That is the million dollar question. If I knew the answer to that I would have more albums and tours under my belt by now. I think we as a metal community need to come to terms with the sad reality of the situation and grow together from it. By that I mean that I would like to see more people at shows. I would like to see less keyboard warriors. I feel like the music industry has failed us and technology has failed us and trapped the music scene into utter complacency. It is our job to understand this and pull ourselves out. I would like to see more local bands selling tickets and doing the work that it takes to get their local scene thriving. You get the same few bands that will sell tickets and then those are the only bands you see at the bigger shows. While the same few bands that bitch about “pay to play” set up in the real dive bars that no one even knows about. This doesn’t do anything for the scene. A promoter and venue put their neck on the lines to pay for a touring package(The real bands you want to see) to come through your town. If the local bands and keyboard warriors are too jaded to go out and support the show then the show flops. The promoter loses money, the venue loses money, and you bet your ass the touring band wont be thrilled about returning to your city. If we put real value back into the live experience of an underground metal show then we can afford to keep producing music that gets stolen. This is a generalization as I know there are several cities that have good scenes going on. But I think we can stop pointing the finger at the “industry”. We all get it by now… Let’s do what we can do to stick together for these bands and help them to stay motivated to keep making music under these circumstances.

12. The role of an artist is always subject to change. What’s your view on the (e.g. political/social/creative) tasks of artists today and how do you try to meet these goals in your work?

I am lucky enough not to think about any of that while I write. I clear my head and write what I want when I want and whatever is going on politically, socially or otherwise does not effect how I write.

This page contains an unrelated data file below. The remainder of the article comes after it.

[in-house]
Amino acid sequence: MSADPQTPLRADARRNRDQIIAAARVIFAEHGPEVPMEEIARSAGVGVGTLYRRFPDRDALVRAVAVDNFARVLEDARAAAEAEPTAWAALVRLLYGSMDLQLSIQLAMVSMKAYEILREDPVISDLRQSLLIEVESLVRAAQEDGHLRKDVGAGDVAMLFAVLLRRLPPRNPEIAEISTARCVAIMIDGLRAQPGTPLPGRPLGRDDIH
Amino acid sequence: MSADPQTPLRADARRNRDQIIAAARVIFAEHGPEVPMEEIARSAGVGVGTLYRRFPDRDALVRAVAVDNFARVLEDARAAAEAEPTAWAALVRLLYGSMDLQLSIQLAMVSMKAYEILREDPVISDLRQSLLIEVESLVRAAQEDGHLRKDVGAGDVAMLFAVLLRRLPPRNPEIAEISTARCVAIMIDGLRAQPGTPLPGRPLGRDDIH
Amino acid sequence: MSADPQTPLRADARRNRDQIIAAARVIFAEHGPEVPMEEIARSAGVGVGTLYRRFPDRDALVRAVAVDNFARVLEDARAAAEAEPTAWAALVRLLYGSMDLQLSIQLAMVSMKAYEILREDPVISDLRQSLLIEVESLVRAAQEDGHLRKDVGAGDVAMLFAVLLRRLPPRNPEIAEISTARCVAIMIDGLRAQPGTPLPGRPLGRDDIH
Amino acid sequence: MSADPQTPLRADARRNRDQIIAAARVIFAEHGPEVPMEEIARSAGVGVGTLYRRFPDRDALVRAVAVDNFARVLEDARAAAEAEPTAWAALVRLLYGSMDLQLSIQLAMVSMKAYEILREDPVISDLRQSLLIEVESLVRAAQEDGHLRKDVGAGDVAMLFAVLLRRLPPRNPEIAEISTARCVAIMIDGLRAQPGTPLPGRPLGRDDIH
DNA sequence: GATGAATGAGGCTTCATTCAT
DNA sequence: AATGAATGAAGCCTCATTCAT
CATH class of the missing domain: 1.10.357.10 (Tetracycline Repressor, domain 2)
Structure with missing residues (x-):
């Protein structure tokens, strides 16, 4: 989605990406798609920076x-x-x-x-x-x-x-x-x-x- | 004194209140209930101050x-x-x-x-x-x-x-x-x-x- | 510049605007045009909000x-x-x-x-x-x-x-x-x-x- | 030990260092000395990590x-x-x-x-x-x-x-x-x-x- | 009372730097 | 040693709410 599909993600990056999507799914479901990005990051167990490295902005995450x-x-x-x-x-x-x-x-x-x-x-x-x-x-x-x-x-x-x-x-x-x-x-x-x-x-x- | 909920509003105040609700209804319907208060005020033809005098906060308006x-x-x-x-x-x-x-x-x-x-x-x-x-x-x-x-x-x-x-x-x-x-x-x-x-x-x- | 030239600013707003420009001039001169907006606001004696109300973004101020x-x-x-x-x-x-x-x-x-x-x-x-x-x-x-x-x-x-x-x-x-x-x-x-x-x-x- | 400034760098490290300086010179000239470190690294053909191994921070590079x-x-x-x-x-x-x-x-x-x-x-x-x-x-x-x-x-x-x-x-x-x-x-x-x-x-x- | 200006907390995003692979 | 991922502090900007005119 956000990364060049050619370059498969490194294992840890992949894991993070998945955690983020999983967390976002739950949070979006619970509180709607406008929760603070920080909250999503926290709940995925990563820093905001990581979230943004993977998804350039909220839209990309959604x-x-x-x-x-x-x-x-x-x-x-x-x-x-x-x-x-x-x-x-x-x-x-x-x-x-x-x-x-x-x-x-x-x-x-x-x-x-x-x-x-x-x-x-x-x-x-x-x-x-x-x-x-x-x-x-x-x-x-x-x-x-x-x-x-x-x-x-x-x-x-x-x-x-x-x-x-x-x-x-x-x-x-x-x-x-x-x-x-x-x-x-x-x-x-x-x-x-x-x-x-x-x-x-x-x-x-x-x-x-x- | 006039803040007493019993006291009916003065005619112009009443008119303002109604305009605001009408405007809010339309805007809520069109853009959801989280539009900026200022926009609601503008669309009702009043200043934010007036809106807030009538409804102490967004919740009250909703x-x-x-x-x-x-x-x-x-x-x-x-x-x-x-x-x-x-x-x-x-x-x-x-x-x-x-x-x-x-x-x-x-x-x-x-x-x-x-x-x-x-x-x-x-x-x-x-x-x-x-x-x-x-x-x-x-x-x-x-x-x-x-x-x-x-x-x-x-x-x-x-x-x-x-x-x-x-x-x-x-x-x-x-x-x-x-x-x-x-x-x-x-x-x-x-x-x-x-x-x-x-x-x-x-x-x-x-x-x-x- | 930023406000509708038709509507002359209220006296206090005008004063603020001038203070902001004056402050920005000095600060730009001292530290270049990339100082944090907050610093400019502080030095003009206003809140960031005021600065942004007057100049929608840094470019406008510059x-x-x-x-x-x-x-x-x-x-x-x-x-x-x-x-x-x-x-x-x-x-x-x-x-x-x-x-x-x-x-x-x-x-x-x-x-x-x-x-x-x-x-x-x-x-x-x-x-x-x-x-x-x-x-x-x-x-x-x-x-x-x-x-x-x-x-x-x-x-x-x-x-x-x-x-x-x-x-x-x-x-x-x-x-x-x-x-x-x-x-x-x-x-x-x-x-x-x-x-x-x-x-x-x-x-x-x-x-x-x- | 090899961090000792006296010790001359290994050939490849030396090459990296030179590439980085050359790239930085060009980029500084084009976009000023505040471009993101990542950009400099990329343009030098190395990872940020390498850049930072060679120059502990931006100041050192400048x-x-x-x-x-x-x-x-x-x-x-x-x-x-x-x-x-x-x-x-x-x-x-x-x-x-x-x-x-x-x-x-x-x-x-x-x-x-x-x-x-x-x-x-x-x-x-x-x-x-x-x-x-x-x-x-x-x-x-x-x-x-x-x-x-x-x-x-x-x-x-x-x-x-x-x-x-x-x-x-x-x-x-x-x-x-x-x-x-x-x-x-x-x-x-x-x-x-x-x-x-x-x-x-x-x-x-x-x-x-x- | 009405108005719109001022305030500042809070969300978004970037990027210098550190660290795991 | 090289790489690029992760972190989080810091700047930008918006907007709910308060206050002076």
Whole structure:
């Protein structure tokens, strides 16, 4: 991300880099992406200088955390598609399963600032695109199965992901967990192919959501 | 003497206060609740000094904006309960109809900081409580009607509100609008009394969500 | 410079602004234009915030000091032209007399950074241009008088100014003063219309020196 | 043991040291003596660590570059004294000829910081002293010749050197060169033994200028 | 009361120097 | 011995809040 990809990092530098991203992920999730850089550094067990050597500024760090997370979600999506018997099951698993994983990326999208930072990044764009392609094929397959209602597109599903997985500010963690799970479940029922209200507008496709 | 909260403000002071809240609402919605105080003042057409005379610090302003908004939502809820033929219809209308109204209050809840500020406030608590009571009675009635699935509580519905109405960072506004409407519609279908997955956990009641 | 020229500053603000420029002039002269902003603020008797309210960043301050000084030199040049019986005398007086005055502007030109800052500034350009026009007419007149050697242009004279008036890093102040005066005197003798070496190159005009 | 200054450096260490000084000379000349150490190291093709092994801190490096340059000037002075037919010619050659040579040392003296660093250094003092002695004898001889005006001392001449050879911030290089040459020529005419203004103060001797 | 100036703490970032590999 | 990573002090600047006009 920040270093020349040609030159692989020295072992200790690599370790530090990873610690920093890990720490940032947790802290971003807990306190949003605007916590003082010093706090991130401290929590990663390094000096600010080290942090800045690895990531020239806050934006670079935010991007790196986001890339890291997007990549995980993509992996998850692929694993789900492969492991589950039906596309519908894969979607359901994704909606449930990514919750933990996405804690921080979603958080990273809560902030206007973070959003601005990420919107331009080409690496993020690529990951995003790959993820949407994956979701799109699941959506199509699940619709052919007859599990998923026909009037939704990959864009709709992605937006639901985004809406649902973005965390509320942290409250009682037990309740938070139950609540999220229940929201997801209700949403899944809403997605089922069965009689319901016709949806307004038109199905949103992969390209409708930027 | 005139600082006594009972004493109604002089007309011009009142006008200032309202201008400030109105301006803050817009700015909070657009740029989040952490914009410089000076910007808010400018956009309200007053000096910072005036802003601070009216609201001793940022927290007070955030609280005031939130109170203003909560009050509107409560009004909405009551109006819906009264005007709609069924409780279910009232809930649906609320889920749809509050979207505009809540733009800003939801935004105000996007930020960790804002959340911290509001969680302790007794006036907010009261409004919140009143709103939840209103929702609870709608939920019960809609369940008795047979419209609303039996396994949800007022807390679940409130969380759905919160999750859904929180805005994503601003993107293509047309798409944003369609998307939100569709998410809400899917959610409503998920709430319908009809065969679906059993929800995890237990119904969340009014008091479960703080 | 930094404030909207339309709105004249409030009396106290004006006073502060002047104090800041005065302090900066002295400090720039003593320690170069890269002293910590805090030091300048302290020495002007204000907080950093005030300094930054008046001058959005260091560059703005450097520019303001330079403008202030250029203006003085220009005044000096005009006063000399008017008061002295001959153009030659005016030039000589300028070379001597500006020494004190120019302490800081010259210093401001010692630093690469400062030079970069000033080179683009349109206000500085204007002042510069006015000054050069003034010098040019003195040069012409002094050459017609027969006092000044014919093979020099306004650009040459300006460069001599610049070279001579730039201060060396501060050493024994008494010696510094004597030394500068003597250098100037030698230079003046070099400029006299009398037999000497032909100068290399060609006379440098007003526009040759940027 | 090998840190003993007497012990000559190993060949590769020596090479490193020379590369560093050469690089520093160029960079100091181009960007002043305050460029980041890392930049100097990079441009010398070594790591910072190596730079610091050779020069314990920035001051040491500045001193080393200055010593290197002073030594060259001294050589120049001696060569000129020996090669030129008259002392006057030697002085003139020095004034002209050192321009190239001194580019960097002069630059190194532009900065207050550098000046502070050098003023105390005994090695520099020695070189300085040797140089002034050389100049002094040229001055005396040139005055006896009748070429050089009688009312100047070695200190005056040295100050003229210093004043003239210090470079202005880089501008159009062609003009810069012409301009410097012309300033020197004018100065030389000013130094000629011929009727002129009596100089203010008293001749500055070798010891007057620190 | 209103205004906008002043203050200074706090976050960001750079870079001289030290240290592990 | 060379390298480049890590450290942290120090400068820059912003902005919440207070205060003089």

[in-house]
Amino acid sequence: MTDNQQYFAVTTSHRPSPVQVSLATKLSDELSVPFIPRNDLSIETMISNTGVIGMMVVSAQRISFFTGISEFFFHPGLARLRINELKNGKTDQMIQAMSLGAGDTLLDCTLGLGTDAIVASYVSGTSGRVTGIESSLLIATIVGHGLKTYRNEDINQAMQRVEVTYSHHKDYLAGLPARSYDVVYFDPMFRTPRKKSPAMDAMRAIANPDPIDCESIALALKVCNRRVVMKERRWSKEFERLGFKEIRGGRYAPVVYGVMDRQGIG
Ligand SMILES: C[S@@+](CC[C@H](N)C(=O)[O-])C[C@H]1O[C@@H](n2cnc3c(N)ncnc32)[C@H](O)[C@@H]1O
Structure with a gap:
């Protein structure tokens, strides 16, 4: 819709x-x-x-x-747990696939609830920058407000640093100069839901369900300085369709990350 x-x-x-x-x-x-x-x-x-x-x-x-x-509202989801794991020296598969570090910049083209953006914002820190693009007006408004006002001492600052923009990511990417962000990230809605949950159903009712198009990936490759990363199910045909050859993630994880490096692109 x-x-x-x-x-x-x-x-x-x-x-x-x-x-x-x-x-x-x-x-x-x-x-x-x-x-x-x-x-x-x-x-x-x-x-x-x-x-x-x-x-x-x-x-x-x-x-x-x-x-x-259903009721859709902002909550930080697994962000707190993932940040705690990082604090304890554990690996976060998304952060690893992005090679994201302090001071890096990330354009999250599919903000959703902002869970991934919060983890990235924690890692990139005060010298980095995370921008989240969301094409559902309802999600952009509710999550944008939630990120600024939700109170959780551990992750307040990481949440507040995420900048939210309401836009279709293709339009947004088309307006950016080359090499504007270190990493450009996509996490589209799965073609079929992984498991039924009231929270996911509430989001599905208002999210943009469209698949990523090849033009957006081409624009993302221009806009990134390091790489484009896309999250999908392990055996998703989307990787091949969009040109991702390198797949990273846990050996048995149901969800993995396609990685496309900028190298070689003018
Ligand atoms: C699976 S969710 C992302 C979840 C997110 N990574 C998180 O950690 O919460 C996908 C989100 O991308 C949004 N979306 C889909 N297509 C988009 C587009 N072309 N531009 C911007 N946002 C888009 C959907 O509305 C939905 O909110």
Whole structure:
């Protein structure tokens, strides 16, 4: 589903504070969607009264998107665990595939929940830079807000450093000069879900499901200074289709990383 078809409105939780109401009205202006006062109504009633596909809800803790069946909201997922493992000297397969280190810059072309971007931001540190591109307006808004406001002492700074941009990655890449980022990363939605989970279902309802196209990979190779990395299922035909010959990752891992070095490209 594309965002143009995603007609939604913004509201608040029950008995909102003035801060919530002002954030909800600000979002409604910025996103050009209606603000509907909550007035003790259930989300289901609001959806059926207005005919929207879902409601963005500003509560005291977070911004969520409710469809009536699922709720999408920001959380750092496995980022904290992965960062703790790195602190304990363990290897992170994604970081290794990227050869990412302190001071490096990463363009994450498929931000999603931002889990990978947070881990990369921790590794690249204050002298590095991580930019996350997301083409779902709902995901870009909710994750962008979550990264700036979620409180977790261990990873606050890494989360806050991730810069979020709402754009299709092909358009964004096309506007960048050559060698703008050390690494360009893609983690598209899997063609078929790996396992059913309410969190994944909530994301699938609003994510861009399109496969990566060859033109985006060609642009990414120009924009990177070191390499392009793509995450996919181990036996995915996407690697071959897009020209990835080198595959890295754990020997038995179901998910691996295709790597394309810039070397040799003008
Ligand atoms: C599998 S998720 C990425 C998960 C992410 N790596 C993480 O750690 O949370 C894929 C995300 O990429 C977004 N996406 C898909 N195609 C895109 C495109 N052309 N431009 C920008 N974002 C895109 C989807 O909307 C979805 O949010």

13. Music-sharing sites and -blogs as well as a flood of releases in general are presenting both listeners and artists with challenging questions. What’s your view on the value of music today? In what way does the abundance of music change our perception of it?

Monetarily new music has very little value. Music is life and as the population grows so will people who create music. I don’t think the abundance of music devalues anything. The ease of access to free music devalues it in a way.

14. How, would you say, could non-mainstream forms of music reach wider audiences?

Less greed in the industry.

15. Usually, it is considered that it is the job of the artist to win over an audience. But listening is also an active, rather than just a passive process. How do you see the role of the listener in the musical communication process?

Depends on the song. A song can do so many things. You could be as boring to watch as Opeth but write amazing music like Opeth does and grasp an audience. On the flip side of that you could write the worst songs and have a great gimmick or just a ton of energy on the stage and grasp an audience. I believe in interacting with the crowd but if you are focused on an instrument and a mic then it can be very difficult to try to interact with anyone. This is the power of having a front man. Someone who’s job is to interact with the audience and just sing their asses off. If the crowd is into the performance it will make the musicians job a lot easier.

16. Reaching audiences usually involves reaching out to the press and possibly working with a PR company. What’s your perspective on the promo system? In which way do music journalism and PR companies change the way music is perceived by the public?

Having a good PR campaign is important if your goal is to reach a greater audience than your local scene. A local unsigned band can pay for a good PR campaign and then all of the sudden look like they are a bigger band to those who don’t know how the system works.

17. Please recommend two artists to our readers which you feel deserve their attention.

I’ll give you 3… Malphas from Philly, Dark Visions of Terror from California, and Sicocis from Las Vegas.

18. Thank you for your time!

Thank you for your attention to Helsott!